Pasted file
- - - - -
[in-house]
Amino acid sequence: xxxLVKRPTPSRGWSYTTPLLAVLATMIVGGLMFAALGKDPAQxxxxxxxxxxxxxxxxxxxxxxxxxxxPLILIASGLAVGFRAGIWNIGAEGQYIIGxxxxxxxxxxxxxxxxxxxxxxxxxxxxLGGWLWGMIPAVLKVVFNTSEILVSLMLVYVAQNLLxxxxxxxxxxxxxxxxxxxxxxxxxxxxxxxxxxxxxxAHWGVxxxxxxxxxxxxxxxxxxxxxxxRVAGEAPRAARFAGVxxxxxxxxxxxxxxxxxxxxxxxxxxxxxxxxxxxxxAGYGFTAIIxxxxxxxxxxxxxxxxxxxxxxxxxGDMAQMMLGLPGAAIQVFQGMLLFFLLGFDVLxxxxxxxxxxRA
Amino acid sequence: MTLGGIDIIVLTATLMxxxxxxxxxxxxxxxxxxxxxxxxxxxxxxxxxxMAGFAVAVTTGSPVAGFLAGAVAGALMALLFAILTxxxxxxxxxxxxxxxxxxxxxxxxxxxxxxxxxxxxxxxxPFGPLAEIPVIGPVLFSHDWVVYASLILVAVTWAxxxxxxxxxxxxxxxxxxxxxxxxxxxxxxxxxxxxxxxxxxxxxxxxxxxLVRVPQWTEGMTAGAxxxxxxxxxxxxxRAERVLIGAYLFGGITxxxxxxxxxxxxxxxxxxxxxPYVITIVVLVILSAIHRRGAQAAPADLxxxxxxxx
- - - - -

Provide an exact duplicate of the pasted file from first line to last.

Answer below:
[in-house]
Amino acid sequence: xxxLVKRPTPSRGWSYTTPLLAVLATMIVGGLMFAALGKDPAQxxxxxxxxxxxxxxxxxxxxxxxxxxxPLILIASGLAVGFRAGIWNIGAEGQYIIGxxxxxxxxxxxxxxxxxxxxxxxxxxxxLGGWLWGMIPAVLKVVFNTSEILVSLMLVYVAQNLLxxxxxxxxxxxxxxxxxxxxxxxxxxxxxxxxxxxxxxAHWGVxxxxxxxxxxxxxxxxxxxxxxxRVAGEAPRAARFAGVxxxxxxxxxxxxxxxxxxxxxxxxxxxxxxxxxxxxxAGYGFTAIIxxxxxxxxxxxxxxxxxxxxxxxxxGDMAQMMLGLPGAAIQVFQGMLLFFLLGFDVLxxxxxxxxxxRA
Amino acid sequence: MTLGGIDIIVLTATLMxxxxxxxxxxxxxxxxxxxxxxxxxxxxxxxxxxMAGFAVAVTTGSPVAGFLAGAVAGALMALLFAILTxxxxxxxxxxxxxxxxxxxxxxxxxxxxxxxxxxxxxxxxPFGPLAEIPVIGPVLFSHDWVVYASLILVAVTWAxxxxxxxxxxxxxxxxxxxxxxxxxxxxxxxxxxxxxxxxxxxxxxxxxxxLVRVPQWTEGMTAGAxxxxxxxxxxxxxRAERVLIGAYLFGGITxxxxxxxxxxxxxxxxxxxxxPYVITIVVLVILSAIHRRGAQAAPADLxxxxxxxx